8.5

Landlady: Upright Behavior Review

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Landlady: <i>Upright Behavior</i> Review

Adam Schatz, the chief songwriter of Landlady, is arguably one of the most versatile and exciting musicians in recent years. The New York-based multi-instrumentalist has his hands in a lot of musical pots, his primary project being Landlady, but he’s also a member of Man Man, Father Figures (an improvisational sax-rock band), Zongo Junction (an 11-piece afrobeat band), The Shoe-Ins (a nine-piece psych-soul outfit) and even plays saxophone in Those Darlins. Needless to say Mr. Schatz’ music covers quite the scope, ranging from bright and articulate psych-pop to intricately arranged orchestral art-rock. Landlady laid some impressive foundation with their 2011 debut Keeping To Yourself, but Upright Behavior not only expands upon their unique sound but inflates it with pomp, glory and soul-rattling lyricism.

Upright Behavior is an album that’s comfortable with itself, not afraid to dig deep into the core and make the listeners come to grips with themselves. Schatz immediately begins the album with an earnest yearning: “I wish that you were still around me now, I didn’t know I needed you.” The refrain repeats in various fashions while a swirling arrangement of reverb-soaked guitars, pounding percussion and shiver-inducing harmonies all break apart and come together like aural waves in an engulfing sonic sea. Landlady’s song structures aren’t unlike that of The Beach Boys, slowly building from smooth riding melodies and gradually erupting into a beautiful, maddening mixture of sounds. Tracks on Upright Behavior range from infectious pop-rock anthem like “Dying Day,” a track that cheerfully makes you question how one can ever deal with their looming mortality, to the Latin-swing of “Maria” while stopping in between for the spastic syncopations and concise melodic tendencies of “Under The Yard.”

One of the most exciting parts of Upright Behavior is that it keeps you guessing. Songs are liable to change time signatures or keys at the drop of a dime, while the lyrical acrobatics of Schatz makes every track a whimsical experience. There’s not only a powerful focus on every track being sonically rich and diverse, but Schatz’ lyricism is as vibrant and captivating as the grandiose arrangements. Whether he’s tackling universal entropy or long-lost love, he does so with equal amounts of conviction and urgency.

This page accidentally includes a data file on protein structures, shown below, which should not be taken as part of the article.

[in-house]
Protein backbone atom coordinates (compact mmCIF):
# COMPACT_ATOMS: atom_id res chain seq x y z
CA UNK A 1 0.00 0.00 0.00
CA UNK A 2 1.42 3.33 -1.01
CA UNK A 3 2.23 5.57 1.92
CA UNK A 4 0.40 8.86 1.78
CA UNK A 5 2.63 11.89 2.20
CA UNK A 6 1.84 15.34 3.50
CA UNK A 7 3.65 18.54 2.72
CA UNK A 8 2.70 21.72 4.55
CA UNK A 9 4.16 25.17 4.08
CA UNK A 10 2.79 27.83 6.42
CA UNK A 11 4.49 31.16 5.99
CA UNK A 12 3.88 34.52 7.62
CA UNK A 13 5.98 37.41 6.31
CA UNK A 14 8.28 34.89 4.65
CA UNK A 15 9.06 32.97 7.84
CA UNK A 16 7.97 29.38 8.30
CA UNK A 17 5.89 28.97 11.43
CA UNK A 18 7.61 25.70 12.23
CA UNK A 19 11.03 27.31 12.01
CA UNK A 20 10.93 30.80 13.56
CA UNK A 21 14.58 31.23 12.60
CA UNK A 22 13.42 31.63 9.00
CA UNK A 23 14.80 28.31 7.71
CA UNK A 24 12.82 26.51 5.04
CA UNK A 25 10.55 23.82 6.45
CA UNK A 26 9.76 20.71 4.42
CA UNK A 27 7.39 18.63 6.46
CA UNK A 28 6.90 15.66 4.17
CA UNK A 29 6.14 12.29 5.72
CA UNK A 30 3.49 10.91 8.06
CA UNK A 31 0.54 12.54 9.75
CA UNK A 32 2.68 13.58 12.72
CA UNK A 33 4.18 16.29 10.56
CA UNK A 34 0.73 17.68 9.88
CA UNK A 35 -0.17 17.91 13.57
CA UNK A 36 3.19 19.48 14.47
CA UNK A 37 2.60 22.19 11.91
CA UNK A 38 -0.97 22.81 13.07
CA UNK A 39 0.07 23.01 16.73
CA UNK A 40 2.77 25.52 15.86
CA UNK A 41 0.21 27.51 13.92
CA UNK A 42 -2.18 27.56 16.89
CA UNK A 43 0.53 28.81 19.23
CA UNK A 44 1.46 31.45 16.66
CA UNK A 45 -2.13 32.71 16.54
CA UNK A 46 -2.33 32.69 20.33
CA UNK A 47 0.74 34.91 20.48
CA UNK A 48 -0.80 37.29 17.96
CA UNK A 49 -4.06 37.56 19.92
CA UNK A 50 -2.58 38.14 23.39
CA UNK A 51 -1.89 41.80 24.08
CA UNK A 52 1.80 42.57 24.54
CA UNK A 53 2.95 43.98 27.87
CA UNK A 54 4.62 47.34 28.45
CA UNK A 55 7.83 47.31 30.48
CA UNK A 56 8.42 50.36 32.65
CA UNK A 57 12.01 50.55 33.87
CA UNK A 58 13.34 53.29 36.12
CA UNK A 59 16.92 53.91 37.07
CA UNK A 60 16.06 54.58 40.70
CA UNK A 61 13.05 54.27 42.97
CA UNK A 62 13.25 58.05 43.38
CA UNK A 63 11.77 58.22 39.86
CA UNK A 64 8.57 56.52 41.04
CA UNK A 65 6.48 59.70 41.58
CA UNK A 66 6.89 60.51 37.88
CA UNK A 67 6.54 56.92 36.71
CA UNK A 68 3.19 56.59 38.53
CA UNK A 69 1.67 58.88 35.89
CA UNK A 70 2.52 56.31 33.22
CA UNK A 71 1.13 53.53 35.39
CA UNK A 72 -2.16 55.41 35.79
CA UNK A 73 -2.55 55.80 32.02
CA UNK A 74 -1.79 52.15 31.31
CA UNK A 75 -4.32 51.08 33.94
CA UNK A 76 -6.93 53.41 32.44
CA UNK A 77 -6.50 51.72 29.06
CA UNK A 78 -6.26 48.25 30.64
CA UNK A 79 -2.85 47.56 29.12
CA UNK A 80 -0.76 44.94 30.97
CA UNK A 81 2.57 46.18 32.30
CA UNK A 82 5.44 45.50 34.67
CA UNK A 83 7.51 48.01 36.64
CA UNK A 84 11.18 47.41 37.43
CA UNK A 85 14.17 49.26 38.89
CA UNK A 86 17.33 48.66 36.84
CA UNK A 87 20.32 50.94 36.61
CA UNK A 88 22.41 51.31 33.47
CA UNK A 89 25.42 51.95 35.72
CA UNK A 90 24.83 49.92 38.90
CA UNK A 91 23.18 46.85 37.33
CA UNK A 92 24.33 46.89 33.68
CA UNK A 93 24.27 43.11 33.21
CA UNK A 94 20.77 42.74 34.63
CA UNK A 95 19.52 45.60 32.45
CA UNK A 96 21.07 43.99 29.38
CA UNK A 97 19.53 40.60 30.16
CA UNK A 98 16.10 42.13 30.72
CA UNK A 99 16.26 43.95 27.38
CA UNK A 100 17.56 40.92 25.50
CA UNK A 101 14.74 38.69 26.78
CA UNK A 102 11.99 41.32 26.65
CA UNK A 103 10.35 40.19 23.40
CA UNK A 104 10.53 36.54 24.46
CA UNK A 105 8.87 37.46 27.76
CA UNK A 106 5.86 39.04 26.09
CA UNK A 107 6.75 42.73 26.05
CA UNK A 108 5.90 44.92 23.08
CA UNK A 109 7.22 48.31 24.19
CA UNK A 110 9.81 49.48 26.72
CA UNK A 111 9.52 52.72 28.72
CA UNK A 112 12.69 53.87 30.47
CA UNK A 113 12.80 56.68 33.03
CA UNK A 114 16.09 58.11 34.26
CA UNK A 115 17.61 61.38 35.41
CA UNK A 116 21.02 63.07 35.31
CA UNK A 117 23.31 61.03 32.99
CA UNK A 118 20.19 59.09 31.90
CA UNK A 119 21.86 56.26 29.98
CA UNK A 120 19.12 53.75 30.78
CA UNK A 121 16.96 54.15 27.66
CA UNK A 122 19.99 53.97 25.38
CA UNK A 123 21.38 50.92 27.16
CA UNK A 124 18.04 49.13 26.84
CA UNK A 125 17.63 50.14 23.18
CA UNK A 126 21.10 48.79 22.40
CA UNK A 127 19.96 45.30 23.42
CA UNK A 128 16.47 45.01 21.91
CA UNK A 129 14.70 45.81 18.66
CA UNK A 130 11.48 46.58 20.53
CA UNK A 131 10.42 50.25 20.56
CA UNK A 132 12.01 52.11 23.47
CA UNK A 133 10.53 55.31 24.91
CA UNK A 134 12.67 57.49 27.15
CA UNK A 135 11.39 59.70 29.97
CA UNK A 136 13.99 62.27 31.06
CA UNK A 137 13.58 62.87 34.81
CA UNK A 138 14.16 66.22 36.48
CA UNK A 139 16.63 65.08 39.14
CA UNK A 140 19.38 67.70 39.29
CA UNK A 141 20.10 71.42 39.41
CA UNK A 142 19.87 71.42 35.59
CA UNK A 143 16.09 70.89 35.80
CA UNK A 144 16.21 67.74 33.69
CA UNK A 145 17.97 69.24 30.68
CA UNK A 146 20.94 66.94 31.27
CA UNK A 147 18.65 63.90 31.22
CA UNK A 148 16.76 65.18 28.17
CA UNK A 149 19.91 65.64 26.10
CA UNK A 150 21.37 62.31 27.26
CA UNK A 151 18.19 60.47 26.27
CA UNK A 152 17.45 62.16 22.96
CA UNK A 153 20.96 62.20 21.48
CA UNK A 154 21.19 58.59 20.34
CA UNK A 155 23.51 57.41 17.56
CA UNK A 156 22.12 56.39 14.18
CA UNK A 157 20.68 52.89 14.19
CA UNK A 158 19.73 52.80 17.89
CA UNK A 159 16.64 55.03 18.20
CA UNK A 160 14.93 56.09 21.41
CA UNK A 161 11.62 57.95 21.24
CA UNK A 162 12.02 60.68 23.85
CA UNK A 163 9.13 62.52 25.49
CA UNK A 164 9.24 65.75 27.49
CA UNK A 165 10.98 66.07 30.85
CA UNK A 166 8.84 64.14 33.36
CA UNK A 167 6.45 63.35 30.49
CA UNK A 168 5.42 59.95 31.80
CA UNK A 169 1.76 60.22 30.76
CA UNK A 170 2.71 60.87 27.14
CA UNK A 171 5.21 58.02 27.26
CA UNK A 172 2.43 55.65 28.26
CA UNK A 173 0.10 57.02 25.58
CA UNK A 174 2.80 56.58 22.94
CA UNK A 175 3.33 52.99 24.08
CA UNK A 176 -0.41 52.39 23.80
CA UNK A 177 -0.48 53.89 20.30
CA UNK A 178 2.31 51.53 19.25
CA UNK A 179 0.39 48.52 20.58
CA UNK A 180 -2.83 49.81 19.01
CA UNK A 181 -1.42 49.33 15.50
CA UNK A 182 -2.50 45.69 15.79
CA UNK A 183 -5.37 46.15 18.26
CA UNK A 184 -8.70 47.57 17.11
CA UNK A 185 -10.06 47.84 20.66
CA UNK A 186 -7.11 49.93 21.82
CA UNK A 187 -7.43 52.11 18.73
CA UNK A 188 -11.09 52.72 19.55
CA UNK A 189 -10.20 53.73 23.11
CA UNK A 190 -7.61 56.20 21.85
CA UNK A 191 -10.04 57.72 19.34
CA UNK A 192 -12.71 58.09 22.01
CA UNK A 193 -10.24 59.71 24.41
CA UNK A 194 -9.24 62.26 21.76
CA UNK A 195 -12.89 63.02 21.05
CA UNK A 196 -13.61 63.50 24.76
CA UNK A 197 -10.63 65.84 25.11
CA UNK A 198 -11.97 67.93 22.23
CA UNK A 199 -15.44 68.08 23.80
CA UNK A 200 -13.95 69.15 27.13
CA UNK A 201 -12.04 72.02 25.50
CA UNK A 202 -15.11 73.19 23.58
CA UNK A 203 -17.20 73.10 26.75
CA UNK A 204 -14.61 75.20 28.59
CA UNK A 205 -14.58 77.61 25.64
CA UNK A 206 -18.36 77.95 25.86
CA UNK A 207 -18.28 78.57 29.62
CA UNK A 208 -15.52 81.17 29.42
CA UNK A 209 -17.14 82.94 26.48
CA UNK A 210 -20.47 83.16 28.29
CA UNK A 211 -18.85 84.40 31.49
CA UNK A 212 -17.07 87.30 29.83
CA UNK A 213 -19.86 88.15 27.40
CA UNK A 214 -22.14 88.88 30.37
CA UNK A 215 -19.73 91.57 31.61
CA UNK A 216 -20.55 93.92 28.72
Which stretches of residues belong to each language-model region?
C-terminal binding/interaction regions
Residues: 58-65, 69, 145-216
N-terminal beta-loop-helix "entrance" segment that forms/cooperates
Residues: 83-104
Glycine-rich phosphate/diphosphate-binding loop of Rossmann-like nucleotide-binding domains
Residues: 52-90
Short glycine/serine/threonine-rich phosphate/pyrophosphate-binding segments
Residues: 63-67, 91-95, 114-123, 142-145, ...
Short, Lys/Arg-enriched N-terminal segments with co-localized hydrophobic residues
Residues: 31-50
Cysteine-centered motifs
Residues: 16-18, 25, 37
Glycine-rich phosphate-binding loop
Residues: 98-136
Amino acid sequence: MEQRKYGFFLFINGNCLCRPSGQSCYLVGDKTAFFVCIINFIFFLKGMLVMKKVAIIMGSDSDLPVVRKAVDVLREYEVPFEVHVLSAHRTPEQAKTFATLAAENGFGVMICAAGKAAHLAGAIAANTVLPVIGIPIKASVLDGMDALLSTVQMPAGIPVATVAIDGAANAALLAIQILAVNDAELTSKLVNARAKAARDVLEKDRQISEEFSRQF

With jaunting guitar parts, lilting, dreamlike piano arrangements and a tight, grooving rhythm section, Landlady can make you dance and shake as much as you stand and daydream, lost in their entrancing arrangements. There’s a brilliant display of pacing throughout the album, lush tracks are peppered throughout distortion-driven rock songs. Meanwhile, slow tunes like “Maria” are liable to immediately bleed into an impressive percussive breakdown that feels far too natural.

On “Fine,” Schatz begs to “believe in something big, bigger than my appetite,” and it’s the perfect display of this album’s thematic tendencies. Schatz tackles massive, overarching issues like belief and hope, a desire to belong, while making self-referential, grounding references to bring things back to Earth. A lot of Upright Behavior feels like an artist coping with his own existence, exploring the ups and downs, the highs and lows and working through the frustrations. It’s ultimately an album that can strike a listener in a myriad of ways, which is what makes it so special. You can zone out and enjoy the breathtaking aesthetics of the rich arrangements or you can dig deep into your own mind by following Schatz through his lyrical rabbit-hole. Whether you’d rather stimulate your brain or your heart, it’s all available on Upright Behavior, it’s an impressive effort from an act that feels like it’s just finding its footing. As Adam Schatz and company continue to carve out their own musical niche it will be immensely enjoyable to see what musical corners of the world they pull from to craft a unique and insanely gratifying listening experience.

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